An easy to make recipe for perfectly crisp, puffed and airy puris. Use these to make your favorite pani puri, golgappa or puchka!
Indian cuisine has a LOT of chaat recipes and pani puri is probably the MOST loved. From the street vendor to tons of pani puri at home; it is always a pleasure to indulge.
Chaat is one of the top picks for my cuisine of choice. From samosa chaat to sev puri and bhel puri to dahi papdi chaat; I love them all.
Whenever I go to India, I enjoy them to my hearts content. When back in the US, I make most of the chaats at home.
What is Pani Puri?
Pani puri; as the name suggests is puri (fried puffed crisps) filled with a lot of things like spiced potato and moong, sweet tamarind date chutney and spicy mint pani.
This dish is popular all over the country by a bunch of names like gup chup, gol gappa, puchka and pani puri.
The true pleasure of enjoying is definitely from a street vendor but it is fairly easy to make at home.
For the longest time I have been making all the ingredients at home except the puri.
Lately I decided to give the puri a shot and after a couple pf attempts; I started making batch after batch of soft, crisp and nicely puffed puris.
Not to mention, homemade pani puri puris takes the experience to a new high. Once you have tried home-made puris, it is difficult to go back to store bought ones, I promise!
Tips to get super crunchy pani puri
The stack of perfectly puris at any pani puri vendor does make them look super intimidating to make at home. But all it needs is some patience and a LOT of consistency to get them perfect at home.
The ingredients used to make the puri vary based on the recipe used. There are sooji golgappas and flour golgappas.
The ones I like and make are the sooji ones. For these you need sooji, some all purpose flour, baking soda and club soda.
In order to get batch after batch of perfect puris, pay attention to a few things and the results are going to be amazing for sure.
Knead the dough well using a stand mixer or with your hand. This step is important to develop gluten in the dough.
The dough should not be super tough or super soft. It should be somewhere in the middle.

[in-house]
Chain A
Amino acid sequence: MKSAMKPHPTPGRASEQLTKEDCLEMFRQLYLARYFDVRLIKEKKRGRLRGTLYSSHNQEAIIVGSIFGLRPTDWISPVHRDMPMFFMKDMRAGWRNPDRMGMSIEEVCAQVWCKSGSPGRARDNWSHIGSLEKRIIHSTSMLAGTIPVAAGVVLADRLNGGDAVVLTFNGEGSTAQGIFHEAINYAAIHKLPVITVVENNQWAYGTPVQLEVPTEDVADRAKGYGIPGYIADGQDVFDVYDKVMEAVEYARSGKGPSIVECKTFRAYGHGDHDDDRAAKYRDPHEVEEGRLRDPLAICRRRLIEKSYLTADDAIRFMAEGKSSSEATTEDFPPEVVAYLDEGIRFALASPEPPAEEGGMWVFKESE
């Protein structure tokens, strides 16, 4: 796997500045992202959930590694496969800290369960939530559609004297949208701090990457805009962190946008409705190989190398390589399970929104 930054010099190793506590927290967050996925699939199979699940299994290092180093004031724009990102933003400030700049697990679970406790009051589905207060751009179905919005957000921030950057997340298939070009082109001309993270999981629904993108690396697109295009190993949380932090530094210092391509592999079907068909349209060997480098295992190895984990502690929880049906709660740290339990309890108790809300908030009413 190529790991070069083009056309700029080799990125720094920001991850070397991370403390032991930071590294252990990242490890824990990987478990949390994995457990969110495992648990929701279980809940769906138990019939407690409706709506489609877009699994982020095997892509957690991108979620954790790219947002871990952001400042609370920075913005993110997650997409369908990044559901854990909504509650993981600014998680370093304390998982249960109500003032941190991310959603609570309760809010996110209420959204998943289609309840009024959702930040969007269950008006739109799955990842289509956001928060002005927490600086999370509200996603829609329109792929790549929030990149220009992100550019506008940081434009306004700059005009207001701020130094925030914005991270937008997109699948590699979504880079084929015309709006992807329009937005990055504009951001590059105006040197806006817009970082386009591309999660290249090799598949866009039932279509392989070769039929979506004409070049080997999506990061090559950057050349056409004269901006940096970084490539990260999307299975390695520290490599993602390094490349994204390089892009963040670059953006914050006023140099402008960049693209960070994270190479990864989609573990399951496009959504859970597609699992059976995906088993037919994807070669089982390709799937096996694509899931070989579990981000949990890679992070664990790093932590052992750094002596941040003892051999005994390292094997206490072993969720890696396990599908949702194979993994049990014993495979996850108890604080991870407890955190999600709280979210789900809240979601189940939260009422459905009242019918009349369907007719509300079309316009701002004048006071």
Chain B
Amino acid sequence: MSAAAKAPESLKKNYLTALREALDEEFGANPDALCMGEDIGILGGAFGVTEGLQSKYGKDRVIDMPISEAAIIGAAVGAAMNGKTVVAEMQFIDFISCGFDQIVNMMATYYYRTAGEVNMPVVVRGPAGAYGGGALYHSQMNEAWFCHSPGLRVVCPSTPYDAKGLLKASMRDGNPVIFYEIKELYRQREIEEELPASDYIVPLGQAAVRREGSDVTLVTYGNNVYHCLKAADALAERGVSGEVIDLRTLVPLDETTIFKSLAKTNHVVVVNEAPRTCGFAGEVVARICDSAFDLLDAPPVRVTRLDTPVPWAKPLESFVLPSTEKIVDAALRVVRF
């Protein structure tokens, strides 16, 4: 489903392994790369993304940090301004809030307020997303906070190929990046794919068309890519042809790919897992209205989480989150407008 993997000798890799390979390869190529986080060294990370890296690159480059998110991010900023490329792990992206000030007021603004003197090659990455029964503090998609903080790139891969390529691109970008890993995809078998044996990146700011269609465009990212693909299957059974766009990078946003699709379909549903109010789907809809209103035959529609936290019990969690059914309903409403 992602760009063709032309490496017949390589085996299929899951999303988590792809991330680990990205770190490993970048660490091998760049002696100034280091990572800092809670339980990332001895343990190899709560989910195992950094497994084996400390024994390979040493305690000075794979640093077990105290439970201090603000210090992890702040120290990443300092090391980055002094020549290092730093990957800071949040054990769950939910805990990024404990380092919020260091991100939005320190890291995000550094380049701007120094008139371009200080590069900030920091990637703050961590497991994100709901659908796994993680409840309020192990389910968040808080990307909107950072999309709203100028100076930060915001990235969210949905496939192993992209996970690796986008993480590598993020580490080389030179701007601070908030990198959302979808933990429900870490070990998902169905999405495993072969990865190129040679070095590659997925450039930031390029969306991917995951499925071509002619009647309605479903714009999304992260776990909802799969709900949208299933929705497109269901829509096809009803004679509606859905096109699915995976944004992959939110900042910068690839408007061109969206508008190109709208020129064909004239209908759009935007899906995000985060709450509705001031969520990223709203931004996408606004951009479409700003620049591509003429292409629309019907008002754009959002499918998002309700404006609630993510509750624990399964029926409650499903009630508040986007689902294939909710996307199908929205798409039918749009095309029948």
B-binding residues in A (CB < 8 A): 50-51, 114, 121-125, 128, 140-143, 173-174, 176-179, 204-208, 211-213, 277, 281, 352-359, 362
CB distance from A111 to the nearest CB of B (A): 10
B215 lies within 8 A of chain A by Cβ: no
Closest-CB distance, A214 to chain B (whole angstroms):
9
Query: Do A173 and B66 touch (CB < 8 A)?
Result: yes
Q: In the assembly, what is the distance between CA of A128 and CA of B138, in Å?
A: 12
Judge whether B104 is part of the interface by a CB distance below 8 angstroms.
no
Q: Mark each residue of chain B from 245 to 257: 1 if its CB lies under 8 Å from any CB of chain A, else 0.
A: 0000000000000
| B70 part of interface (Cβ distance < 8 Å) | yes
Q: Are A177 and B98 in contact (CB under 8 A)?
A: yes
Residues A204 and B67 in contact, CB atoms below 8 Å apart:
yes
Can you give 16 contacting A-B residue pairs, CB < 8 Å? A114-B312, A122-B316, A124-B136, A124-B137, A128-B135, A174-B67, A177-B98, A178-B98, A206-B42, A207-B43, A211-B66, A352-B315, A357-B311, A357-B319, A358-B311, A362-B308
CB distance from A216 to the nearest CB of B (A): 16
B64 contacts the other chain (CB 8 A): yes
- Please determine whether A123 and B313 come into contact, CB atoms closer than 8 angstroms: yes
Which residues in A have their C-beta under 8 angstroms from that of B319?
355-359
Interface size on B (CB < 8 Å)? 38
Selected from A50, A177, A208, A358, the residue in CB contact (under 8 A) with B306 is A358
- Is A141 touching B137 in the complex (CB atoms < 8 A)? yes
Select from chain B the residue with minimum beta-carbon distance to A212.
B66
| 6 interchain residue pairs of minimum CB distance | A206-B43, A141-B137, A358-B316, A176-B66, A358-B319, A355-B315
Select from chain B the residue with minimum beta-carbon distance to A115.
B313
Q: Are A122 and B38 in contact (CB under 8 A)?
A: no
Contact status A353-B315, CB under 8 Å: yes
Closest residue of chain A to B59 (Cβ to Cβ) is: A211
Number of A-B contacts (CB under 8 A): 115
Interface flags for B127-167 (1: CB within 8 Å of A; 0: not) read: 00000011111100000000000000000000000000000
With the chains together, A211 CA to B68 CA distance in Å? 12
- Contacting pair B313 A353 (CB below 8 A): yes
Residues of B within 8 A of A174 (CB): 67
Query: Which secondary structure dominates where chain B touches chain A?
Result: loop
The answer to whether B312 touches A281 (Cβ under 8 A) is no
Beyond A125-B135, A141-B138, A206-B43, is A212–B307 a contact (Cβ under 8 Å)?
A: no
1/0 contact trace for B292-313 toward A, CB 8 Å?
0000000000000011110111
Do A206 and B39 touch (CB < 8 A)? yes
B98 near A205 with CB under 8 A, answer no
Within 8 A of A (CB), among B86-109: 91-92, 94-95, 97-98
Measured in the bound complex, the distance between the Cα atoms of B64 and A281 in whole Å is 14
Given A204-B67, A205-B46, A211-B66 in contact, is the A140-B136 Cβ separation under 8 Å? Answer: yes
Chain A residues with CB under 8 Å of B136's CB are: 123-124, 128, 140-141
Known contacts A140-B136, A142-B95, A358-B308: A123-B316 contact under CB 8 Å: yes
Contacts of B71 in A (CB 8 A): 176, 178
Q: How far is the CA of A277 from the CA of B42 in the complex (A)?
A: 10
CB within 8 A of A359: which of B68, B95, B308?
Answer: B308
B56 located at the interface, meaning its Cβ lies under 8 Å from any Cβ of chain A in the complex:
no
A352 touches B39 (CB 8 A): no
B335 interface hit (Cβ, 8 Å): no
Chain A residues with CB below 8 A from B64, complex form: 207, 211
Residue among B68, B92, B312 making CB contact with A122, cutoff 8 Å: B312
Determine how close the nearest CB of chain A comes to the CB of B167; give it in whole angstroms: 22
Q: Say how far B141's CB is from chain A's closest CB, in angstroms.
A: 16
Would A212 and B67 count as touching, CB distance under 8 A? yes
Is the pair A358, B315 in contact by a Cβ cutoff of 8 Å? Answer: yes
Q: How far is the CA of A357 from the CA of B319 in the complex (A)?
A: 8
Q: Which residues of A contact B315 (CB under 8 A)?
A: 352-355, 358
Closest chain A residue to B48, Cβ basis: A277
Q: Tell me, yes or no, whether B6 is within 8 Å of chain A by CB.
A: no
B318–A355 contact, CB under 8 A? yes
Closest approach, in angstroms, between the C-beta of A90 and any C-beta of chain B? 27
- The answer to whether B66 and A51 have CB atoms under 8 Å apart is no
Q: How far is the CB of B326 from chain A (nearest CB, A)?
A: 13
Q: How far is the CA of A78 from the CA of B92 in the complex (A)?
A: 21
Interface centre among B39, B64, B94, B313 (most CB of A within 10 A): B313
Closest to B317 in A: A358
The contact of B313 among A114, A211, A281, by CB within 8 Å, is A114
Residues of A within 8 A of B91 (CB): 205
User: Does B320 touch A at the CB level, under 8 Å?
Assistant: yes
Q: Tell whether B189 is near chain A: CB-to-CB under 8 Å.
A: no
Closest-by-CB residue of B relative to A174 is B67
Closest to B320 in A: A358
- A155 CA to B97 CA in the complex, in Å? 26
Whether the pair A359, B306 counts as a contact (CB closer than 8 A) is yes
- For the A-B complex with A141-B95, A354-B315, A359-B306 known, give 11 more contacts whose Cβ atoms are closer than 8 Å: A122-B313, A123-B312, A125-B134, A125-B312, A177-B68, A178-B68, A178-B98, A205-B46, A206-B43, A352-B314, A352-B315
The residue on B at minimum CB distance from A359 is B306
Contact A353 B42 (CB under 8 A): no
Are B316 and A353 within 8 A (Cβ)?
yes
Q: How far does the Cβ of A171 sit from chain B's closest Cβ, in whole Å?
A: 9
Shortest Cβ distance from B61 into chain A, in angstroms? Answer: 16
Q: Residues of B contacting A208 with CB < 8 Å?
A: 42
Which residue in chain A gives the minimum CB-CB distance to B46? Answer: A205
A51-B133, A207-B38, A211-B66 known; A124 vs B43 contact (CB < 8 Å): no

While the dough rests and the puris rest after rolling; never leave them uncovered. Dried puris will not puff as you would like.
Roll the dough as even as you can. The proportion below is for 60-70 puris. Do not try to roll the entire dough at once. Work in small pieces so that it can be rolled thin and even.
Frying them is easy. Start off with high heat to puff the puris and then lower to medium high to cook them well. Keep pusing them down with a ladle to puff them well.
Do not overcrowd the oil. Keep space for the puris to expand and puff.
Never stack the fried puris when hot. They will lose their puff and become soggy. Let them cool completely before storing.
Serve them with spicy mint pani, sweet and tangy dates tamarind chutney and a filling made from potatoes, moong, chana and spices. Here is what my filling mixture looks like.
Here is the full recipe for Pani Puri.
Variations in ingredients
There are several recipes of pani puri that mention the ingredients as just flour and water, flour, water and soda and so on.
The concept in making the puris is that the moisture in the flour escapes when it touches the hot oil and the puri puffs up. So water and oil are the essential components.
However using just flour and water makes the recipe a little tricky. You are relying on perfect rolling skills to make the puris.
Add some baking soda and it is one step easier to make puris. My grand mother and mother always used club soda to make the dough and I follow the same.
This method works well each time and so I totally recommend using it!
How to serve Pani Puri?
These puris are made for traditional pani puri that is served with sweet date tamarind chutney, spicy mint pani and stuffing like potato, chana and moong.
The same puris can be used to make dahi puri too. A lot of places in the US serve sev batata puri in these puris too.
And for some odd puris that did not puff up during frying; use them to add in bhel or to make sev puris. They taste the same; just that they did not puff up. I do end up with 3-4 puris like that.
Fine Semolina/ Rava 1 cup
All purpose flour 2 tbsp
Baking Soda ⅛ tsp
Club Soda/ Sparkling Water ¼ cup
Salt ¼ tsp
Water if needed
Oil to fry
In a bowl add fine semolina, all purpose flour, baking soda and salt. Mix well.
Add club soda or sparkling water. Mix well. Add water as required to make a dough. The dough should not be too tough or soft.
Knead the dough for 8-10 minutes.
Place the dough in a bowl and cover with a wet kitchen towel. Let the dough rest for 30 minutes.
Once rested, knead it again for a couple of minutes. Divide the dough into 5- 6 equal parts.
Using one dough ball, roll it out to a disc of 1.5-2 mm thickness. Keep the other dough balls covered with wet towel.
Using a cookie cutter of 4-5 cm diameter cut out discs. Place the discs under a wet kitchen towel so they do not dry out.
Collect the leftover dough cuttings and save them. Repeat for all the dough balls and for the saved dough cuttings.
Heat the oil in a wok or pan till hot. Keep the flame high when putting the puris to fry.
Do not overcrowd the pan. Put about 5-6 puris depending on the size of the pan.
Lower the flame to medium high and fry the puris pressing them down with a spatula.
Once they puff up, turn them over and fry till golden brown.
Remove from oil and place the puris on paper towels to drain off excess oil.
Store in an airtight container once completely cool. Enjoy as pani puri with sweet dates tamarind chutney, spicy mint pani and various fillings. Detailed recipe for Pani Puri here.
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